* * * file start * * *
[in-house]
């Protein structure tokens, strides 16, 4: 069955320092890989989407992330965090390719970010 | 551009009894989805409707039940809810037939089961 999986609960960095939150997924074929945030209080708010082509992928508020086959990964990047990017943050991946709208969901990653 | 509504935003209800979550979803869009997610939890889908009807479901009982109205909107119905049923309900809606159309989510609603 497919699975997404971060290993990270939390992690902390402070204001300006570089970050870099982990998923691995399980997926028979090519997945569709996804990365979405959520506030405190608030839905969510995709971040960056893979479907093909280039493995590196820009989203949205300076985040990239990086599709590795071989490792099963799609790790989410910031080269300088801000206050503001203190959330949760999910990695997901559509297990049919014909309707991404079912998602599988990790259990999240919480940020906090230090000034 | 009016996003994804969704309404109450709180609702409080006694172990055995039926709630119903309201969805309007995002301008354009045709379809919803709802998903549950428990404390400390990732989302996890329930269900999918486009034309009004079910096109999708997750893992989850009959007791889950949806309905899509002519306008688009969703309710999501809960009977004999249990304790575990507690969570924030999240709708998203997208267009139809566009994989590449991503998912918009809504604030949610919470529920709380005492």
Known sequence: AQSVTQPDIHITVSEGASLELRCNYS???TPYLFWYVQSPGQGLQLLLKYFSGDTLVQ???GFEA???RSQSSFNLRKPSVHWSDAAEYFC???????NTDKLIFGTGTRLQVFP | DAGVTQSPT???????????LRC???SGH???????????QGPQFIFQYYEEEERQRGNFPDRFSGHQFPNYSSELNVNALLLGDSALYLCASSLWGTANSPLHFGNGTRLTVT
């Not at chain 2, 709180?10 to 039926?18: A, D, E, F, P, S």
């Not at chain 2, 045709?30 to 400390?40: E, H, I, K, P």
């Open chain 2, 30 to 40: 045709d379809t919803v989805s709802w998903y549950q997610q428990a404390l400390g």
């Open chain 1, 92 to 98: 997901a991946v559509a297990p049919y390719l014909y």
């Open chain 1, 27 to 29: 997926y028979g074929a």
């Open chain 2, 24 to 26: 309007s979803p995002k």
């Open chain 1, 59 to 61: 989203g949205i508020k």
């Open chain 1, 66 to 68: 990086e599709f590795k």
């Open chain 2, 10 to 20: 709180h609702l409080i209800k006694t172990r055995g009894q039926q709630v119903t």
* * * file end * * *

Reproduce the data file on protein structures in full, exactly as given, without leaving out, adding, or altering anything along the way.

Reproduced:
[in-house]
């Protein structure tokens, strides 16, 4: 069955320092890989989407992330965090390719970010 | 551009009894989805409707039940809810037939089961 999986609960960095939150997924074929945030209080708010082509992928508020086959990964990047990017943050991946709208969901990653 | 509504935003209800979550979803869009997610939890889908009807479901009982109205909107119905049923309900809606159309989510609603 497919699975997404971060290993990270939390992690902390402070204001300006570089970050870099982990998923691995399980997926028979090519997945569709996804990365979405959520506030405190608030839905969510995709971040960056893979479907093909280039493995590196820009989203949205300076985040990239990086599709590795071989490792099963799609790790989410910031080269300088801000206050503001203190959330949760999910990695997901559509297990049919014909309707991404079912998602599988990790259990999240919480940020906090230090000034 | 009016996003994804969704309404109450709180609702409080006694172990055995039926709630119903309201969805309007995002301008354009045709379809919803709802998903549950428990404390400390990732989302996890329930269900999918486009034309009004079910096109999708997750893992989850009959007791889950949806309905899509002519306008688009969703309710999501809960009977004999249990304790575990507690969570924030999240709708998203997208267009139809566009994989590449991503998912918009809504604030949610919470529920709380005492």
Known sequence: AQSVTQPDIHITVSEGASLELRCNYS???TPYLFWYVQSPGQGLQLLLKYFSGDTLVQ???GFEA???RSQSSFNLRKPSVHWSDAAEYFC???????NTDKLIFGTGTRLQVFP | DAGVTQSPT???????????LRC???SGH???????????QGPQFIFQYYEEEERQRGNFPDRFSGHQFPNYSSELNVNALLLGDSALYLCASSLWGTANSPLHFGNGTRLTVT
């Not at chain 2, 709180?10 to 039926?18: A, D, E, F, P, S």
């Not at chain 2, 045709?30 to 400390?40: E, H, I, K, P």
């Open chain 2, 30 to 40: 045709d379809t919803v989805s709802w998903y549950q997610q428990a404390l400390g």
């Open chain 1, 92 to 98: 997901a991946v559509a297990p049919y390719l014909y």
């Open chain 1, 27 to 29: 997926y028979g074929a």
């Open chain 2, 24 to 26: 309007s979803p995002k």
């Open chain 1, 59 to 61: 989203g949205i508020k």
């Open chain 1, 66 to 68: 990086e599709f590795k």
């Open chain 2, 10 to 20: 709180h609702l409080i209800k006694t172990r055995g009894q039926q709630v119903t």